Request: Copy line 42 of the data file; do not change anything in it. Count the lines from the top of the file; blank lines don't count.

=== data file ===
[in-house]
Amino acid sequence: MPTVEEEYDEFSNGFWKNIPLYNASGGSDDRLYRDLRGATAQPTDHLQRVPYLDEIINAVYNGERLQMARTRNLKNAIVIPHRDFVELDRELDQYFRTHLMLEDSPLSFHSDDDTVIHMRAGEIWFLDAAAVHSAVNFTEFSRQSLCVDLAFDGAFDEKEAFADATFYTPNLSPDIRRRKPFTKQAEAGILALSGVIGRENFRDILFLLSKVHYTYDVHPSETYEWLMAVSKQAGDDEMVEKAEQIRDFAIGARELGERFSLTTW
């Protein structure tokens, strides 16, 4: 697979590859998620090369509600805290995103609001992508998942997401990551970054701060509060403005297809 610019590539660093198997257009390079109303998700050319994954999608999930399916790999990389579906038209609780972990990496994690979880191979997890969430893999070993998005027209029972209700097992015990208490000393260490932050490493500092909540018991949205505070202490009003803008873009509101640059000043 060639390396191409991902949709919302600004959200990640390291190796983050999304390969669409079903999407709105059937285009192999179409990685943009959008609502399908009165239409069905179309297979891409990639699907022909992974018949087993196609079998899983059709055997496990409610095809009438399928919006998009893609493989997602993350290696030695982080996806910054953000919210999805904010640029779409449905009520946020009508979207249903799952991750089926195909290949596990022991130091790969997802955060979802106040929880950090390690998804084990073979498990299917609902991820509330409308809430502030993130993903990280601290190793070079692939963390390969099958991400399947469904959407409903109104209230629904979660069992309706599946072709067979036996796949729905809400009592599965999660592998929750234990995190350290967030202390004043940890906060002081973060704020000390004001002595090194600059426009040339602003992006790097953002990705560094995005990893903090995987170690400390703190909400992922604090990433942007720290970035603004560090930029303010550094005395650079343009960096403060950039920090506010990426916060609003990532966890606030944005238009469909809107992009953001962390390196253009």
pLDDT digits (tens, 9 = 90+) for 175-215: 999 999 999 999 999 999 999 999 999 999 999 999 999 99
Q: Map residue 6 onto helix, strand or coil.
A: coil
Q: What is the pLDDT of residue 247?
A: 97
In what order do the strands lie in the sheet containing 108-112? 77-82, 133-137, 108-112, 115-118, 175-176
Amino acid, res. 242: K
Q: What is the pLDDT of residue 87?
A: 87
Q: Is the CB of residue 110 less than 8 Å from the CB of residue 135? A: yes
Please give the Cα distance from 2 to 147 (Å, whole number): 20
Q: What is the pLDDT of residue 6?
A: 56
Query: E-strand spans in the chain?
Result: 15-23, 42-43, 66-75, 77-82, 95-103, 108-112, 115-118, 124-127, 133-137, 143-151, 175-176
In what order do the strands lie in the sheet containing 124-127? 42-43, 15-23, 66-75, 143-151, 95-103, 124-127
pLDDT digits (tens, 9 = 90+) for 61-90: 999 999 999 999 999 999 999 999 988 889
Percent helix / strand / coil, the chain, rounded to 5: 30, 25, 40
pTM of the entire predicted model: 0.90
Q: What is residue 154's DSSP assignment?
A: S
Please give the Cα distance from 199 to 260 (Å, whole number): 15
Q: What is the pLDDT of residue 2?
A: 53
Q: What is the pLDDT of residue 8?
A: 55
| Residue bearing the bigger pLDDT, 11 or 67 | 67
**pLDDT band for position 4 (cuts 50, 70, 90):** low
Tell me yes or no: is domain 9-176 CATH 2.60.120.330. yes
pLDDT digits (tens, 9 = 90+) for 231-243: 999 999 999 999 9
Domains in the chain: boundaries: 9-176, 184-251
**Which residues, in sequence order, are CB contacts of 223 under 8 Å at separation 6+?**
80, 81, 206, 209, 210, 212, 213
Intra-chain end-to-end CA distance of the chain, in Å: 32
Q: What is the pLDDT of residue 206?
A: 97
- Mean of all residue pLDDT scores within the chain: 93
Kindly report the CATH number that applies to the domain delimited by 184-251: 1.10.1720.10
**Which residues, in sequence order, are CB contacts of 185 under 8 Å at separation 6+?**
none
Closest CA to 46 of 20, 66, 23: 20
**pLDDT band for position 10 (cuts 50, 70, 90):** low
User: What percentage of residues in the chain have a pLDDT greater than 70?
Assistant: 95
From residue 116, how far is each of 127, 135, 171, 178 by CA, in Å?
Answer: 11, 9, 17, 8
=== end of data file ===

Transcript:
**Which residues, in sequence order, are CB contacts of 185 under 8 Å at separation 6+?**